on Friday, Sep. 18th

Jonnie Ross Headshot


Continuing our series of interviews with the founders of The Virtual Reality Foundation, which presents the second annual Proto Awards next week.

Previously in the series: Cosmo Scharf (founder VRLA), Adam Levin (CEO of The VRF), Jessica Ward, and John Root.

A year and a half ago Jonnie Ross had an idea: a meetup for virtual reality enthusiasts in Los Angeles. The only problem? Someone beat him to the punch.

“I discovered a post online that someone had started the meetup that I was going to start,” said Ross. “I was like, [expletive], some kid got it, and I was explaining it to a friend of mine and he was like ‘Uh, that’s my roommate.’”

The roommate in question was Cosmo Scharf, and after meeting he and Ross decided to join forces to put on the show. They found another ally in John Root (see our last interview) and the rest… well you know the next line.

The return of VR was a crisis point of sorts for Ross. He had spent the previous half decade pulling together resources to make his first movie, and then the opportunity to get involved with what looks to be the next big shift in entertainment asserted itself.

“It was a thrilling moment and a really difficult decision.”

One that appears to have paid off. Ross is both one of the founders of The Virtual Reality Foundation and of Visionary VR, the start-up he put together with VRLA’s Adam Levin and Scharf. Of all the board members of The VRF, Ross most deeply projects the archetype of the dreamer.

“Going back probably five years ago I’m starting as a filmmaker and a storyteller, to see the ceiling. The issue is that you can work your ass off and if you’re one in a million you’ll be lucky enough that your work will have that impact. But that thing that existed in the 80’s for music videos, or the 60s/70s for film of having a cultural impact with what your doing? That is really difficult to find right now.

“VR represents this whole new start.”

Where we stand with immersive media does feel like a start. Especially here in Los Angeles. It’s not just in the tech, film and games industries, but in the rise of escape rooms and the global interest in theme parks. There’s an energy here that it is possible to tune in to. At least that’s what I get to see in my reporting.

Yet there is something else I see that gives me pause: a perceptual rift between the proponents of VR and those of AR—augmented reality—that seem to want to put the two technologies at odds. I brought this seeming conflict up with Ross.

“I think that’s one of the big misconceptions about it. It’s a spectrum. At one end is reality—the place where you exist right now—at the other end is Virtual Reality the place where were completely consumed in a another world. In the middle is AR. It’s a composite of both.”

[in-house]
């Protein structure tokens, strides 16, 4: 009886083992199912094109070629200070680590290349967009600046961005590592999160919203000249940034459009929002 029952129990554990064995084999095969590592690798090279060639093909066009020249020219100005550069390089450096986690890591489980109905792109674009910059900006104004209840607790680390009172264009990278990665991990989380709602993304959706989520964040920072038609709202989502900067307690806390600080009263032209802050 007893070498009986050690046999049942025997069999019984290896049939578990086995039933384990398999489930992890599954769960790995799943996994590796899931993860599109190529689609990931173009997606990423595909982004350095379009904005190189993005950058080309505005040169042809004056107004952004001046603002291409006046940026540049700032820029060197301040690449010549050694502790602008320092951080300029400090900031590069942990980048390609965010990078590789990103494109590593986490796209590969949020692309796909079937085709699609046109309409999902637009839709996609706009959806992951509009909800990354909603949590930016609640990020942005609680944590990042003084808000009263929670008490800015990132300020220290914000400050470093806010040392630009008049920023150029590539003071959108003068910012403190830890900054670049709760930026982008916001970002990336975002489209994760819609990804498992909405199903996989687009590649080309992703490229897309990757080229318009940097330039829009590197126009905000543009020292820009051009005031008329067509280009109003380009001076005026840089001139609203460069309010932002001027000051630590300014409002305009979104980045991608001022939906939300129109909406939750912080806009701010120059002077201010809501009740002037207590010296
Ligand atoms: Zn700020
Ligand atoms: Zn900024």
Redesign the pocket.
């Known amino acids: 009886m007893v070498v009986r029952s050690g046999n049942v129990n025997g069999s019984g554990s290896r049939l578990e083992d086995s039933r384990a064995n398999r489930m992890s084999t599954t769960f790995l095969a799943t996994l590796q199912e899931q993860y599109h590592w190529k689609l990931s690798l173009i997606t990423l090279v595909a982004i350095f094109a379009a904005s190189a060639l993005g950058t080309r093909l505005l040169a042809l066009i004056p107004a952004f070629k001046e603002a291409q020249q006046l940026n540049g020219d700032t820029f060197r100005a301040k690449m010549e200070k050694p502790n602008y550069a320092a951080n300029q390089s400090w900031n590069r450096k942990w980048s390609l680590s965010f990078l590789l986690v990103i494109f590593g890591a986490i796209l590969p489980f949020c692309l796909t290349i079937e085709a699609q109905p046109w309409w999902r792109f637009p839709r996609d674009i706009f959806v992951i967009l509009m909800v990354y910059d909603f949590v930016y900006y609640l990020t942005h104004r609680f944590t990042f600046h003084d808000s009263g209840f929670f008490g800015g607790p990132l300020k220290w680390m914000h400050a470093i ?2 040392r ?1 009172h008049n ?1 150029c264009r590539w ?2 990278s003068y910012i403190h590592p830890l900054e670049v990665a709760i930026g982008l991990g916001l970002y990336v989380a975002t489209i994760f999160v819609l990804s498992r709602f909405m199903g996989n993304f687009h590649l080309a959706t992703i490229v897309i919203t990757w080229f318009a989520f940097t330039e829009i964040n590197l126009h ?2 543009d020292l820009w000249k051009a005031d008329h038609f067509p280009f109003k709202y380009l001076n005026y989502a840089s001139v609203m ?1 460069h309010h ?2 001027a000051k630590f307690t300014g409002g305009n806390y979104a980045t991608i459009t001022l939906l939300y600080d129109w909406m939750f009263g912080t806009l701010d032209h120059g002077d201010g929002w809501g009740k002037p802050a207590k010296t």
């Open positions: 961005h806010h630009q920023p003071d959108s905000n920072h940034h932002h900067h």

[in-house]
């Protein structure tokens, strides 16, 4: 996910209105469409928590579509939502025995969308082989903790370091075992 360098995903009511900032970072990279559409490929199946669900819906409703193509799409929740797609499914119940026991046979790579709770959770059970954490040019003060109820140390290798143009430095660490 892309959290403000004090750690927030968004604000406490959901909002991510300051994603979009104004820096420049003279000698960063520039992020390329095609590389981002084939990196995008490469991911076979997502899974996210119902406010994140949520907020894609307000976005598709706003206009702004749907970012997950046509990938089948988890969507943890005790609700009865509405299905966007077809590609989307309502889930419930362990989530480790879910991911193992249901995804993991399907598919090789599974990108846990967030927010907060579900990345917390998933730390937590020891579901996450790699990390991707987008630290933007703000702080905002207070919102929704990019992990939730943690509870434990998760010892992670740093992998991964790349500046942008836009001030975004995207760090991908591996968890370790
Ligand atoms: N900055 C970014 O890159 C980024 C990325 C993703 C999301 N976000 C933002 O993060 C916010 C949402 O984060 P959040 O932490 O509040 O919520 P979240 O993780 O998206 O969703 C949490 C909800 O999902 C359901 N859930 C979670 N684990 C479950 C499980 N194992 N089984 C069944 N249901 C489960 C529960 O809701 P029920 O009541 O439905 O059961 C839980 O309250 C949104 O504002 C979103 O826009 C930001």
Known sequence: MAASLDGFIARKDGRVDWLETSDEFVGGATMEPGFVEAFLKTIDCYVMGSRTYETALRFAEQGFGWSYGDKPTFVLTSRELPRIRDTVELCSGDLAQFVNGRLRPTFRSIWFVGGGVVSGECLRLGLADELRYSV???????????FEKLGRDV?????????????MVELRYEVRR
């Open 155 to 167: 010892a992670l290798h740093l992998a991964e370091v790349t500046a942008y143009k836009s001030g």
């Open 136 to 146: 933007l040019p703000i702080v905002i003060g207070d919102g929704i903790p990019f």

Microsoft, in the demos of its HoloLens technology, likes to use the term “mixed reality.”

“Mixed reality is one of the terms that’s totally a fair way to describe it and totally makes sense. It is mixed reality. You’ve got elements that are unreal layered on those that are real. So if you think of it as a spectrum it makes sense.”

Ross also believes that AR devices are further away on the horizon than VR.

“The problem is so much more difficult. So it’s going to take a but longer to actually work out in the real world and actually do that Terminator 2 thing where I’m walking up to the bar and it recognizes everything. But when it does practical applications are off the chart in terms of the kind of information you can have overlaid on your world.”

Practical applications is something Ross is excited about. The HTC Vive demo for Tilt Brush—think MS Paint in VR—is one of his favorite ways to convert people into VR believers.

“It’s the thing that you definitely witness people’s mind change about VR around.”

Also getting Ross’ seal of approval is Valve’s Aperture Science demo.

“Dude. You’re in Portal. Period. And it’s definitely in a class of its own in terms of the kind of experience.”

The HTC/Valve collaboration and Oculus are, in Ross’ view, neck and neck for leading the industry.

“They’re nearly identical right now to the layman. If you’re not deep in VR and you’re not studying the specs involved and you’re not really hyper-attuned to that stuff you’d feel like the best version of Oculus Rift and the best version of HTC Vive are very close.

“But the Portal demo is one of those few experiences from the big boys where they have their hands already on the tools and they know how to make it nearly perfect. The total effect is just of being transported into a video game. Of being able to wander around and interact with things, it’s kind of crazy.”

Monday in the series: James Bairian.


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